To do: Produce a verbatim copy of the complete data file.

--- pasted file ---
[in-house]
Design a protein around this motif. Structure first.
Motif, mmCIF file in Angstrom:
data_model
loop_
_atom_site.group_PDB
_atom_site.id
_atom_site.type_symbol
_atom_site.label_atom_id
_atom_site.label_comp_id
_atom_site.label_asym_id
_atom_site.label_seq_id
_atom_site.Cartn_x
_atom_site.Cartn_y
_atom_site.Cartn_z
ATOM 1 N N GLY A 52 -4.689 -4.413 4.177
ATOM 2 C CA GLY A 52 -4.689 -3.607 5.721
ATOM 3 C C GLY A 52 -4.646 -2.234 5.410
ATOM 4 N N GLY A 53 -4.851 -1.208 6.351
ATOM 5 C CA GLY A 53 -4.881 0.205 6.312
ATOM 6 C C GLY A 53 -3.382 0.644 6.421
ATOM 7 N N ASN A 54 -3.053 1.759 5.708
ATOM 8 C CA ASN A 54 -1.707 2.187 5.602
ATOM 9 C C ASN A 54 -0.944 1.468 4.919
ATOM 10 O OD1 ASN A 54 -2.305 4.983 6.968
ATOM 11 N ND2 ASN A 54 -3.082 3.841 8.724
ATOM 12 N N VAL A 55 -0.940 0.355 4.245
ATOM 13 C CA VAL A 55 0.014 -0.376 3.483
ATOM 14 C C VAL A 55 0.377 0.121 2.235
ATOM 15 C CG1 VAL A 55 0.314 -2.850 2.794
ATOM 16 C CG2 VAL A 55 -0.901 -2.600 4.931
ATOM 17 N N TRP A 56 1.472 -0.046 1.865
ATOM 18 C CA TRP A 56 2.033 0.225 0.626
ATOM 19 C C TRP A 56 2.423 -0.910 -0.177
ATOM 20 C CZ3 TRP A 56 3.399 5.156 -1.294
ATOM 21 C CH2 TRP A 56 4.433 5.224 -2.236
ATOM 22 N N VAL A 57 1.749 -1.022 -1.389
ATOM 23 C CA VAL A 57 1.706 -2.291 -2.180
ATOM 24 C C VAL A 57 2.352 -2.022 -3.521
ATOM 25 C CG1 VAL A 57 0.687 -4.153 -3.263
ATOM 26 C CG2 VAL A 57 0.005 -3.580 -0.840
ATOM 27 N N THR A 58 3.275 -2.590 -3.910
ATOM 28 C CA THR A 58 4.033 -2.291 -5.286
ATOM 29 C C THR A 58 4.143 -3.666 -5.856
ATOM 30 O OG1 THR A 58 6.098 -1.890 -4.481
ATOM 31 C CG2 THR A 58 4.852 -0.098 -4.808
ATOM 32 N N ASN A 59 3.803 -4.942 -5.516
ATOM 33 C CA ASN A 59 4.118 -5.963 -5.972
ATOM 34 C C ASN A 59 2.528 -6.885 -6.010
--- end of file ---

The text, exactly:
[in-house]
Design a protein around this motif. Structure first.
Motif, mmCIF file in Angstrom:
data_model
loop_
_atom_site.group_PDB
_atom_site.id
_atom_site.type_symbol
_atom_site.label_atom_id
_atom_site.label_comp_id
_atom_site.label_asym_id
_atom_site.label_seq_id
_atom_site.Cartn_x
_atom_site.Cartn_y
_atom_site.Cartn_z
ATOM 1 N N GLY A 52 -4.689 -4.413 4.177
ATOM 2 C CA GLY A 52 -4.689 -3.607 5.721
ATOM 3 C C GLY A 52 -4.646 -2.234 5.410
ATOM 4 N N GLY A 53 -4.851 -1.208 6.351
ATOM 5 C CA GLY A 53 -4.881 0.205 6.312
ATOM 6 C C GLY A 53 -3.382 0.644 6.421
ATOM 7 N N ASN A 54 -3.053 1.759 5.708
ATOM 8 C CA ASN A 54 -1.707 2.187 5.602
ATOM 9 C C ASN A 54 -0.944 1.468 4.919
ATOM 10 O OD1 ASN A 54 -2.305 4.983 6.968
ATOM 11 N ND2 ASN A 54 -3.082 3.841 8.724
ATOM 12 N N VAL A 55 -0.940 0.355 4.245
ATOM 13 C CA VAL A 55 0.014 -0.376 3.483
ATOM 14 C C VAL A 55 0.377 0.121 2.235
ATOM 15 C CG1 VAL A 55 0.314 -2.850 2.794
ATOM 16 C CG2 VAL A 55 -0.901 -2.600 4.931
ATOM 17 N N TRP A 56 1.472 -0.046 1.865
ATOM 18 C CA TRP A 56 2.033 0.225 0.626
ATOM 19 C C TRP A 56 2.423 -0.910 -0.177
ATOM 20 C CZ3 TRP A 56 3.399 5.156 -1.294
ATOM 21 C CH2 TRP A 56 4.433 5.224 -2.236
ATOM 22 N N VAL A 57 1.749 -1.022 -1.389
ATOM 23 C CA VAL A 57 1.706 -2.291 -2.180
ATOM 24 C C VAL A 57 2.352 -2.022 -3.521
ATOM 25 C CG1 VAL A 57 0.687 -4.153 -3.263
ATOM 26 C CG2 VAL A 57 0.005 -3.580 -0.840
ATOM 27 N N THR A 58 3.275 -2.590 -3.910
ATOM 28 C CA THR A 58 4.033 -2.291 -5.286
ATOM 29 C C THR A 58 4.143 -3.666 -5.856
ATOM 30 O OG1 THR A 58 6.098 -1.890 -4.481
ATOM 31 C CG2 THR A 58 4.852 -0.098 -4.808
ATOM 32 N N ASN A 59 3.803 -4.942 -5.516
ATOM 33 C CA ASN A 59 4.118 -5.963 -5.972
ATOM 34 C C ASN A 59 2.528 -6.885 -6.010